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Association between different MAP levels and 30-day mortality in sepsis patients: a propensity-score-matched, retrospective cohort study

Abstract

Background

Sepsis is a life-threatening organ dysfunction caused by the infection-related host response disorder. Adequate mean arterial pressure is an important prerequisite of tissue and organ perfusion, which runs through the treatment of sepsis patients, and an appropriate mean arterial pressure titration in the early-stage correlates to the positive outcome of the treatment. Therefore, in the present study, we aimed to elucidate the relationship between early mean arterial pressure levels and short-term mortality in sepsis patients.

Methods

We included all suspected sepsis patients from MIMIC-III database with average mean arterial pressure ≥ 60 mmHg on the first day of intensive care unit stay. Those patients were then divided into a permissive low-mean arterial pressure group (60–65 mmHg) and a high-mean arterial pressure group (> 65 mmHg). Multivariate Cox regression analysis was conducted to analyze the relationship between MAP level and 30-day, 60-day, and 100-day mortality of suspected sepsis patients in the two groups. Propensity score matching, inverse probability of treatment weighing, standardized mortality ratio weighting, PA weighting, overlap weighting, and doubly robust analysis were used to verify our results.

Results

A total of 14,031 suspected sepsis patients were eligible for inclusion in our study, among which 1305 (9.3%) had an average first-day mean arterial pressure of 60–65 mmHg, and the remaining 12,726 patients had an average first-day mean arterial pressure of more than 65 mmHg. The risk of 30-day mortality was reduced in the high mean arterial pressure group compared with the permissive low-mean arterial pressure group (HR 0.67 (95% CI 0.60–0.75; p < 0.001)). The higher mean arterial pressure was also associated with lower 60-day and 100-day in-hospital mortality as well as with shorter duration of intensive care unit stay. Patients in the high-mean arterial pressure group also had more urine output on the first and second days of intensive care unit admission.

Conclusions

After risk adjustment, the initial mean arterial pressure of above 65 mmHg was associated with reduced short-term mortality, shorter intensive care unit stay, and higher urine volume in the first two days among patients with sepsis.

Peer Review reports

Background

Sepsis is now the leading cause of death from infection in the world with nearly 20 million people suffering from severe sepsis every year [1]. More than 10,000 people die of sepsis-related complications every day [2]. According to the data released by the Global Sepsis Alliance, the number of deaths caused by sepsis exceeds the combined number of deaths related to prostate cancer, breast cancer, and AIDS [3].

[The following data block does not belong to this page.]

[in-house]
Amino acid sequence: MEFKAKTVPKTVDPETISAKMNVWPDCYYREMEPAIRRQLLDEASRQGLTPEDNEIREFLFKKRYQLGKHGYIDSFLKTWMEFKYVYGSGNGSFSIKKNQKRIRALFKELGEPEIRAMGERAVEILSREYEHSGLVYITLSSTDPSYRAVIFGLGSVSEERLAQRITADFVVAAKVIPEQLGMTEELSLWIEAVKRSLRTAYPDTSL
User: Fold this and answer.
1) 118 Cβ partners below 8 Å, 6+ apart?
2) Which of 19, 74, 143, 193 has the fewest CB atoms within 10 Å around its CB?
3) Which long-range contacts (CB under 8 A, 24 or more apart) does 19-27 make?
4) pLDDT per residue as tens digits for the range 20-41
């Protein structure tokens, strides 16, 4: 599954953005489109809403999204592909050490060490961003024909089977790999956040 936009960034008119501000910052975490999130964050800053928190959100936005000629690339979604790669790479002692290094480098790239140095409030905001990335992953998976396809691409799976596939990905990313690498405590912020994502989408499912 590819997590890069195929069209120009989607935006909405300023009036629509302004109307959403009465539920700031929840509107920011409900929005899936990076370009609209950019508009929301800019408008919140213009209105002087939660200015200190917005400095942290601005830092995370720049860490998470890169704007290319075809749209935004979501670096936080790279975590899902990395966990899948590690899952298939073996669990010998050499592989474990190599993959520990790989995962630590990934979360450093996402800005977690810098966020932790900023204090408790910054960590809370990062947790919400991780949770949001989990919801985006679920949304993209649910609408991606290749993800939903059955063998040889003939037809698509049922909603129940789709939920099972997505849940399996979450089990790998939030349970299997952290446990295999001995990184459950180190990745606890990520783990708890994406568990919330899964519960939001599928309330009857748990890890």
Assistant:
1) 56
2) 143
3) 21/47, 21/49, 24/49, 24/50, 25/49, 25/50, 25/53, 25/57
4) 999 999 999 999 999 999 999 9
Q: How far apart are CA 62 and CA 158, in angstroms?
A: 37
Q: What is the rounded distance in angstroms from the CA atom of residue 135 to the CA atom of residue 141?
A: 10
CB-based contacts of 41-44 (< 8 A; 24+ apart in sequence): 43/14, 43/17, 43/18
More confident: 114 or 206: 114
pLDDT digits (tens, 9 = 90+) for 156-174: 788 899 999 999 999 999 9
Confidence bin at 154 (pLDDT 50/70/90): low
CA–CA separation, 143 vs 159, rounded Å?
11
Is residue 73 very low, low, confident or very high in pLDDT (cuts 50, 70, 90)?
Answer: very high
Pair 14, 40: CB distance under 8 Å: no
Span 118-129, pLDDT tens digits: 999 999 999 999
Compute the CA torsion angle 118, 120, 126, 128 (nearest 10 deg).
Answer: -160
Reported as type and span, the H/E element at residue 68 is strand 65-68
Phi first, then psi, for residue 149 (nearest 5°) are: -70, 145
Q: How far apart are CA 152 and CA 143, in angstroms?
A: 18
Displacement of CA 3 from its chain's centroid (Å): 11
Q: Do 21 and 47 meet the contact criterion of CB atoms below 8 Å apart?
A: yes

The urgency of decisive progress in the treatment of sepsis is increasing. The morbidity of sepsis in developed countries increased at an annual rate of about 10% in the past 10 years [4] and is becoming an accumulative burden for the whole world. In developing countries, the mortality of sepsis remained high for a long time as a result of poverty, hunger, and lack of effective management [5, 6], and the fact that complete epidemiological surveys are generally rare. These alarming facts should serve as a wake-up call to motivate research into improved sepsis treatment strategies.

Hemodynamic management runs throughout the clinical therapy of patients with sepsis [7, 8], and is also critical for stabilizing vital signs at early stage, delaying disease progression and avoiding further tissue and organ failure [9]. However, the range of initial Mean Arterial Pressure (MAP) titration for patients with sepsis remains controversial. An inappropriately low initial MAP inevitably results in hypoperfusion in tissues and organs [10], but if MAP is kept at a high level, the dose of vasoactive drugs needs to be quite high, and the body may suffer from future re-injury. Therefore, the question of how to set an appropriate level of initial MAP that can be of maximum benefit to patients is under fierce discussion. A recent multi-center randomized controlled study (RCT) found no significant difference in mortality between patients with permissive hypotension (MAP 60–65 mmHg) and those with conventional therapy in vasodilatory shock patients (41.0% vs. 43.8%) [11]. Another multi-center RCT found no difference in 28-day mortality between shock patients in the high and low MAP groups [12]. The 2021 international guidelines for the management of sepsis and septic shock set the initial MAP target for sepsis patients as 65 mmHg instead of the higher values [13]. However, in all the studies mentioned above, the actual blood pressure of the permissive low-MAP group was significantly higher than the pre-set blood pressure target, which inevitably influenced the accuracy of the conclusions.